‘Not Having Enough Time’ Is Always An Excuse (Why You Should Test Your Assumptions)

People often say “I don’t have enough time” for things they should do but are not doing. To me, the question of whether you should spend your on something depends on another question to be answered first, “What are your priorities?”

You have to know your priorities first, then schedule your time accordingly. Not spend your time doing random things all day and then complain you don’t have time to do the important things. It’s about prioritization. It’s about being intentional in your work and how you manage one of your most important resources—your time. It’s NOT about doing everything or anything you can or should do in a day. It’s about strategically doing the few things that move you the fastest, closest towards your goals and deliberately ignoring the less important tasks—first things first, second things not at all.

People tend to avoid what’s most needed to be done. I’d say if you’re going to procrastinate, procrastinate on unimportant things until you have to do them.

The reality: Doing a lot of unimportant things doesn’t make them important, it just wastes your time without getting much results. However, it does give you the illusion of getting things done. But like a hamster running feverishly inside a hamster wheel, ‘your busyness’ is nothing when you can’t get results. And results is what ultimately matters. The question is, are you willing to take a reality-check:

  • What are you trying to achieve?
  • Are you spending your time in the most effective way to achieve those goals?
  • And what are the results?

You need time to achieve results yet the achievement of results doesn’t necessarily depend on how long you work or how hard you work, it depends more on how effective your approach is. Not having enough time could be an excuse for not figuring what’s actually required to achieve a result, which often leads to doing the same thing over and over again without questioning the effectiveness of your approach. You can’t continue what you’re doing and expect different results.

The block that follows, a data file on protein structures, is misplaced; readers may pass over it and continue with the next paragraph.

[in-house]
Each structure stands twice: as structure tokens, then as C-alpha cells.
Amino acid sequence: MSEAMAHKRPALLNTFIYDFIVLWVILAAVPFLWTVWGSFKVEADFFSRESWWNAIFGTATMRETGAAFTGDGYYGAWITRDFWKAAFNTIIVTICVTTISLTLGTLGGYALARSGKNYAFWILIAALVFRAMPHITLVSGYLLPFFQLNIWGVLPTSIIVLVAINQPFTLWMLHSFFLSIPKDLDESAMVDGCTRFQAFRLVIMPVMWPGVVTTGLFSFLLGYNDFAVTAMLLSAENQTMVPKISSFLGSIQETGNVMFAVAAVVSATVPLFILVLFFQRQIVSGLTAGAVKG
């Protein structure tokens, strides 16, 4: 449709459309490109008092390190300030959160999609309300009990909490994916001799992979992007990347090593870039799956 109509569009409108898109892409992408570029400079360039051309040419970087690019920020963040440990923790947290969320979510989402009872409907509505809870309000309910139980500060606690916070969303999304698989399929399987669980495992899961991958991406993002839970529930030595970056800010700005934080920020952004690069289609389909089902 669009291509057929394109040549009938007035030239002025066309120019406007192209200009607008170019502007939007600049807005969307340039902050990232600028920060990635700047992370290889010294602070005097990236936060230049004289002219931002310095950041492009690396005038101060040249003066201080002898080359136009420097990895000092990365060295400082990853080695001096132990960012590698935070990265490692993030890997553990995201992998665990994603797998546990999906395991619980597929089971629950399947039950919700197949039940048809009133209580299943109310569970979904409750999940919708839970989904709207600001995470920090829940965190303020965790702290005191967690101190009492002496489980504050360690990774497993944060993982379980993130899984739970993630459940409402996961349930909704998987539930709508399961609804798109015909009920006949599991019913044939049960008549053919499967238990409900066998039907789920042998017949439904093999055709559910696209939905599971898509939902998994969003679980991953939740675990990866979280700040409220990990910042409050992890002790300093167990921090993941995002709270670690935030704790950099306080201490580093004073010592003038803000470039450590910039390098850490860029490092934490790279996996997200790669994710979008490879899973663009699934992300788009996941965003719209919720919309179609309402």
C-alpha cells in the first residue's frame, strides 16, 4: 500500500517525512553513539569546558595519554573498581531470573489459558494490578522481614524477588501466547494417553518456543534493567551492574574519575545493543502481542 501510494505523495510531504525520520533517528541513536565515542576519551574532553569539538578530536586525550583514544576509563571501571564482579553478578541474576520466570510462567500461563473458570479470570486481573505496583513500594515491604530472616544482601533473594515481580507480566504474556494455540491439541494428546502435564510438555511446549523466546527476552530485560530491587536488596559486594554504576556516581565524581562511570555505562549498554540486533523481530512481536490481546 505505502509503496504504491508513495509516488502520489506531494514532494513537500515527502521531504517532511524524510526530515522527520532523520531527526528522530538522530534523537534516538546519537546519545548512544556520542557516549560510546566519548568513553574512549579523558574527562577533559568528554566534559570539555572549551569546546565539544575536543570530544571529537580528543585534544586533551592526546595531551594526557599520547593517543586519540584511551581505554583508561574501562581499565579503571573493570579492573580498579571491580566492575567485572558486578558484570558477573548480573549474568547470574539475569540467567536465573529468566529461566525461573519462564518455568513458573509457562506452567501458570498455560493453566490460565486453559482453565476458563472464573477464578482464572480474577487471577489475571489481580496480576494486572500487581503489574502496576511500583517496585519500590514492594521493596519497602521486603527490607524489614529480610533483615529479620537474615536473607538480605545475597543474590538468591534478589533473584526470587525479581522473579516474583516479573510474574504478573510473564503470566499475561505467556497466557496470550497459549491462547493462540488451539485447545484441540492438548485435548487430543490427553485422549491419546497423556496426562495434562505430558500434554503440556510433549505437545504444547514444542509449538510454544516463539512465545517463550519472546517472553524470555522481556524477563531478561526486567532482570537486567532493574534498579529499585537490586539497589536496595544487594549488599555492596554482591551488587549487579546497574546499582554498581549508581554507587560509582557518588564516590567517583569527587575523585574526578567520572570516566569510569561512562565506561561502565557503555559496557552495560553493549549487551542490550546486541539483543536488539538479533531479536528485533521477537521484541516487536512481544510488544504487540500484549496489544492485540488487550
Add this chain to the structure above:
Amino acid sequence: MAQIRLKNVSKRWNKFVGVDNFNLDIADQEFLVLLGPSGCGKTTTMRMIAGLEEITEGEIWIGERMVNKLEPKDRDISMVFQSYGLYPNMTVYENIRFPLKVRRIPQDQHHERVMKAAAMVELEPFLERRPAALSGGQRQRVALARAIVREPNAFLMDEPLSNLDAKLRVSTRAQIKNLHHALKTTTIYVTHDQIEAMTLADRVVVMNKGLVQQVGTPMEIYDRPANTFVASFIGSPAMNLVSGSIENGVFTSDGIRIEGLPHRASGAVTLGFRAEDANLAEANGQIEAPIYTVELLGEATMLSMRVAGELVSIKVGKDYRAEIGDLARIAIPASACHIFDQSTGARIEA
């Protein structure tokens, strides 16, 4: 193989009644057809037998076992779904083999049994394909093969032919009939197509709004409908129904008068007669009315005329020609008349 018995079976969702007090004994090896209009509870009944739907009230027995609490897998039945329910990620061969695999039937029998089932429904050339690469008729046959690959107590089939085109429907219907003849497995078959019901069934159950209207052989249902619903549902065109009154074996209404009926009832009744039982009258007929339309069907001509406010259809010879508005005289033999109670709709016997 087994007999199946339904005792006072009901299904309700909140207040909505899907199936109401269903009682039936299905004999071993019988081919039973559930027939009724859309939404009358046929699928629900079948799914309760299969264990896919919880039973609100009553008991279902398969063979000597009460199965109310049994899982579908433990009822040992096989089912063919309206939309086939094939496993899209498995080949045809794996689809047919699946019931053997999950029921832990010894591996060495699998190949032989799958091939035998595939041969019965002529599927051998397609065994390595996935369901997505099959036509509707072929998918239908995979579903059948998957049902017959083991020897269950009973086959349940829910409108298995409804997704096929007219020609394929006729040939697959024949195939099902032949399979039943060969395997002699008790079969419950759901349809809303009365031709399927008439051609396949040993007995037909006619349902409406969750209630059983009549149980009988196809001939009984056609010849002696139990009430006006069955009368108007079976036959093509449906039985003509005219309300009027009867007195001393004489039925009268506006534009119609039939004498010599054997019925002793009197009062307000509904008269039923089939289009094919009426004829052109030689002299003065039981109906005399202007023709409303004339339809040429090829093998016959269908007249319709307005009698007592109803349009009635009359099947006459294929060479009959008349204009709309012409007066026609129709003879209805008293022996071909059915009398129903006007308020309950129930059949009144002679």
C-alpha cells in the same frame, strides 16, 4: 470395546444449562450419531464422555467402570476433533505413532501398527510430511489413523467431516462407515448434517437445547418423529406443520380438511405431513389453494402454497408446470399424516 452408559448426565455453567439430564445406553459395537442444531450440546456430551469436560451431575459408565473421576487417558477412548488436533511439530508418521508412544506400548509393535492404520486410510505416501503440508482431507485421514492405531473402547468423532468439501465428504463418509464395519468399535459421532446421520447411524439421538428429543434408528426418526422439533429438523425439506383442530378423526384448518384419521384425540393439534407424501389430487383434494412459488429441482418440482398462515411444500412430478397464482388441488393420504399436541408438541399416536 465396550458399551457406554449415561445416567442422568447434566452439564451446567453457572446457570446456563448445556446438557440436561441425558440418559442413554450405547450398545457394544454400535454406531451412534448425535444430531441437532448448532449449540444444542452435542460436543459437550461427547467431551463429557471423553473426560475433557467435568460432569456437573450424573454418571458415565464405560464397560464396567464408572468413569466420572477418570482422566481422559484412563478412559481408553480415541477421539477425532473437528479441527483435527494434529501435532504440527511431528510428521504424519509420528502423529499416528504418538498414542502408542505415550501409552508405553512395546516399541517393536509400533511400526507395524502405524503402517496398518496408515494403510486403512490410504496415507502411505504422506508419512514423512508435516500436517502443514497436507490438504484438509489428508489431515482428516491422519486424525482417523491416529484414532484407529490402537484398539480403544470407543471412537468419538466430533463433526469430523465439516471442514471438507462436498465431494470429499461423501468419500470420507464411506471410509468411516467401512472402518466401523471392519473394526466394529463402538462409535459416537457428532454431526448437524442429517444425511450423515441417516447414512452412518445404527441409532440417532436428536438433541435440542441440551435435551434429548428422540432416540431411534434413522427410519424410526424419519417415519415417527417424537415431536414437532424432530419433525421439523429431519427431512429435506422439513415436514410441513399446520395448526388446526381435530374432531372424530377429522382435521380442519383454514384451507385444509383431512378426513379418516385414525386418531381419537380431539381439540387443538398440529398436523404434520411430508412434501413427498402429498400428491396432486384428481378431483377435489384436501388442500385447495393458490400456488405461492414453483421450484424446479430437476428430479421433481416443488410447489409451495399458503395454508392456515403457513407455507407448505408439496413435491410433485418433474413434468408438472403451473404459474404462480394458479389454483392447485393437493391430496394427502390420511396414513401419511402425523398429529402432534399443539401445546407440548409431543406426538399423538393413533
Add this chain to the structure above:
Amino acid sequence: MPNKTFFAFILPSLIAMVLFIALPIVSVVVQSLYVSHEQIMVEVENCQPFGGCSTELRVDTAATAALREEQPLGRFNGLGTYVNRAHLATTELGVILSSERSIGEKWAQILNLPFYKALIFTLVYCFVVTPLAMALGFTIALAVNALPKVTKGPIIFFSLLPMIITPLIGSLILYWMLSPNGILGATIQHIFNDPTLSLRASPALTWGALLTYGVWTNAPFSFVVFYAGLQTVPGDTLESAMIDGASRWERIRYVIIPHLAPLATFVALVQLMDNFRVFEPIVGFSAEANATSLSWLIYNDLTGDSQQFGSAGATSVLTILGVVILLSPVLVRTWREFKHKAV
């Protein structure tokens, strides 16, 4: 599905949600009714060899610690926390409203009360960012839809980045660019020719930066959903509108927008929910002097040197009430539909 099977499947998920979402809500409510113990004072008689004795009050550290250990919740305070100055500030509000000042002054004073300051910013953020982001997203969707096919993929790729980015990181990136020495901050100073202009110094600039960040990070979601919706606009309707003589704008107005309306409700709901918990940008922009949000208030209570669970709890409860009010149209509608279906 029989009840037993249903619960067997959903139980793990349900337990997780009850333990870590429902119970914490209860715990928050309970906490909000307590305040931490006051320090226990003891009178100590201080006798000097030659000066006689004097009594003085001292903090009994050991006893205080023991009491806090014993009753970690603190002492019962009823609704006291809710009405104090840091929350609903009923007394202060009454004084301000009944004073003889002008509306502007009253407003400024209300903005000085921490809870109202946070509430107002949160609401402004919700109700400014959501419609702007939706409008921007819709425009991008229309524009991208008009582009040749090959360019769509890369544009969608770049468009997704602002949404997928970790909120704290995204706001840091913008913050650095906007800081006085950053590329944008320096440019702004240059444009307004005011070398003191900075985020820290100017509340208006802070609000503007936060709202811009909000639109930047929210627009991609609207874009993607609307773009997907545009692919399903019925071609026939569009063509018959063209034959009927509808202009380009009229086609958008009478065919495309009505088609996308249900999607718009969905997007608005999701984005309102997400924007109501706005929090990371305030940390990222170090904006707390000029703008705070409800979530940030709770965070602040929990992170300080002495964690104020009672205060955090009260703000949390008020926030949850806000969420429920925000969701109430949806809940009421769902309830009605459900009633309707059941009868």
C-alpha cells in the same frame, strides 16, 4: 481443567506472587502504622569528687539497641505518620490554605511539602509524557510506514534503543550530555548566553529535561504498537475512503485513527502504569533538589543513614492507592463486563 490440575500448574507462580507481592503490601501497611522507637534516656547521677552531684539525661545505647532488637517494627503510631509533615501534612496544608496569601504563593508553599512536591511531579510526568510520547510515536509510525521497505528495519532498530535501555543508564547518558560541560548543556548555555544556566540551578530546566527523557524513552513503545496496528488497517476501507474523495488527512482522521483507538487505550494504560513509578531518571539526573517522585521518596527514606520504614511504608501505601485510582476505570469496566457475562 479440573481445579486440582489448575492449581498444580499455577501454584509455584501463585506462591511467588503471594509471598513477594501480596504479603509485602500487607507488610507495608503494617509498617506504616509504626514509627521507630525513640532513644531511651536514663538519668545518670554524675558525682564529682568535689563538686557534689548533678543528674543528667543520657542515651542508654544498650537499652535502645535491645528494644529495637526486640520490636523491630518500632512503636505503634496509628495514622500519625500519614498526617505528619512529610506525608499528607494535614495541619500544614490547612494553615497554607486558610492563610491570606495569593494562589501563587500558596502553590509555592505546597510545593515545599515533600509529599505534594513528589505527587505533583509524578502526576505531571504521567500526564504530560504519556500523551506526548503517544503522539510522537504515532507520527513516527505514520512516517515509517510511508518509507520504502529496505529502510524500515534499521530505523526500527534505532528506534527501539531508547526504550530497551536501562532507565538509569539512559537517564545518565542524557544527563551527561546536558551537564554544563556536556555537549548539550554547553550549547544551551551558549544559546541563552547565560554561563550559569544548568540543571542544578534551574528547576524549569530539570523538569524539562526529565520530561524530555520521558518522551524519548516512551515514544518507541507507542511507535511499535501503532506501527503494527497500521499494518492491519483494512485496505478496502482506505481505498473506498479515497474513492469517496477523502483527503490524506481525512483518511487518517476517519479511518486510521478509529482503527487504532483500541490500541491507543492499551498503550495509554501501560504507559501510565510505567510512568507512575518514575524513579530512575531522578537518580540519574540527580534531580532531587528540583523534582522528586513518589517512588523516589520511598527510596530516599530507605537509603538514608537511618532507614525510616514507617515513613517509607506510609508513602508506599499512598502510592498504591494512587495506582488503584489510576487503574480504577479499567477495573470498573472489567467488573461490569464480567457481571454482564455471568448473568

An excuse is a rationalized fear. When you rationalize, you are fixated on a conclusion first and then you find reasons to support this conclusion. Obviously, if this is your default approach to things you’ve never personally tried, you’ll find biased evidence to support your viewpoint. Rather, your starting place should be a hypothesis—an educated guess of how you can reach your goals, what’s the process from A to B, what are your key assumptions and then systematically test those assumptions. Caution: Your initial guess or assumptions might be totally off and that’s okay, this is a necessary part of finding the right answers. Only a loser clings to his opinions in the face of overwhelming evidence that his opinion is wrong. That kind of person is more interested in being right rather than being successful. I don’t care about looking stupid as long as I get results. I have found that over the years, no one really cares about you anyway. They only—and rightfully should—care about what you can do for them first and then maybe they’ll entertain you by hearing your plea for how hard you worked.

The point is to test the critical, key assumptions that prevents you from achieving your most important goals like a career change, starting a business, finding a partner or moving to a foreign country. Again, prioritization.